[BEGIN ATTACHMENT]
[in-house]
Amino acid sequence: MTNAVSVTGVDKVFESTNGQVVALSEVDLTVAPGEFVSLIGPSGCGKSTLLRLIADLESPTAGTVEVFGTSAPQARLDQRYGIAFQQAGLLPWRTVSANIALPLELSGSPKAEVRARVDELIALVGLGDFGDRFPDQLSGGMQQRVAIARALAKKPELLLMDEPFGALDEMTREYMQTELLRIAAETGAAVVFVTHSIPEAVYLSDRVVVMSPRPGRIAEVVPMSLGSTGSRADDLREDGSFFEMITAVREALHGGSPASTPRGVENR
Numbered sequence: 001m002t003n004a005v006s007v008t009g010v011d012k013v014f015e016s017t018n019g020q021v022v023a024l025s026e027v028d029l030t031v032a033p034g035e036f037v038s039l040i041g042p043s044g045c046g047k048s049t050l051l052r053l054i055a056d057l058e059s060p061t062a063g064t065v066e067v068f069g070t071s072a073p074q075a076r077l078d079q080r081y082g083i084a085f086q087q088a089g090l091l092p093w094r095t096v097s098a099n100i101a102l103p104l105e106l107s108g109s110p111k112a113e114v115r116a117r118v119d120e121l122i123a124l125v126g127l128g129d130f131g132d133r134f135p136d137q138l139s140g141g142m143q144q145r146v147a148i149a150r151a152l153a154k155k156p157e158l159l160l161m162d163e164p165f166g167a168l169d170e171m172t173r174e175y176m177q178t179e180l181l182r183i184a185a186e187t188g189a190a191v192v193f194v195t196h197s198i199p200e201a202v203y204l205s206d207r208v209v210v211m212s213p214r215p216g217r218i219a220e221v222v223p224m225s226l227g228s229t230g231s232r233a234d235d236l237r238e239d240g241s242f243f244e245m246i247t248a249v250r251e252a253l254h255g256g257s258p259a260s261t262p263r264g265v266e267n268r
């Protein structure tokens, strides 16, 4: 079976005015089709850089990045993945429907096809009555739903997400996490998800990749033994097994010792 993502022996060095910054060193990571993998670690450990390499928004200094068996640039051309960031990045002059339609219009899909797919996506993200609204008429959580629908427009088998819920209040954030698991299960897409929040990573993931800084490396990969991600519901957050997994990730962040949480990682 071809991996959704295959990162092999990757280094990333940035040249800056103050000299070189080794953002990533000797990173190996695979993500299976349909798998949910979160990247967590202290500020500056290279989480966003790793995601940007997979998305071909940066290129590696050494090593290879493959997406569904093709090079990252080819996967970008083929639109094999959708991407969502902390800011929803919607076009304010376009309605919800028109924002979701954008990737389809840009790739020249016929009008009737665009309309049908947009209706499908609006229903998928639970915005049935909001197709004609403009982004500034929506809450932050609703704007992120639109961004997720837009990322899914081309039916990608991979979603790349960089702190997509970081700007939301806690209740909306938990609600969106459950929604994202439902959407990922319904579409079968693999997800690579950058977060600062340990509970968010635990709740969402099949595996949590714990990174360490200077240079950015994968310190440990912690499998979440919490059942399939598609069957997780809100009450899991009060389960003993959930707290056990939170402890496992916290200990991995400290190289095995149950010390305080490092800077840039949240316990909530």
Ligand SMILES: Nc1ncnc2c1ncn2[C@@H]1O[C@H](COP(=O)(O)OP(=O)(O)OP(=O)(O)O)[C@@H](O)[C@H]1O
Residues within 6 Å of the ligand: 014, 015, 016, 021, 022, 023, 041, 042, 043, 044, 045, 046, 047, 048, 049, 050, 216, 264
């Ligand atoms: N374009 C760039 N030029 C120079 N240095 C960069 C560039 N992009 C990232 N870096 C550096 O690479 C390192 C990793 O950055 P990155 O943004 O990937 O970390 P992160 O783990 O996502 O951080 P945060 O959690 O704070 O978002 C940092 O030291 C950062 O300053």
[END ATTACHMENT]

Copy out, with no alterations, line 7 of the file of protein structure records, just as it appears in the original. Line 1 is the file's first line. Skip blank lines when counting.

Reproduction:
């Ligand atoms: N374009 C760039 N030029 C120079 N240095 C960069 C560039 N992009 C990232 N870096 C550096 O690479 C390192 C990793 O950055 P990155 O943004 O990937 O970390 P992160 O783990 O996502 O951080 P945060 O959690 O704070 O978002 C940092 O030291 C950062 O300053």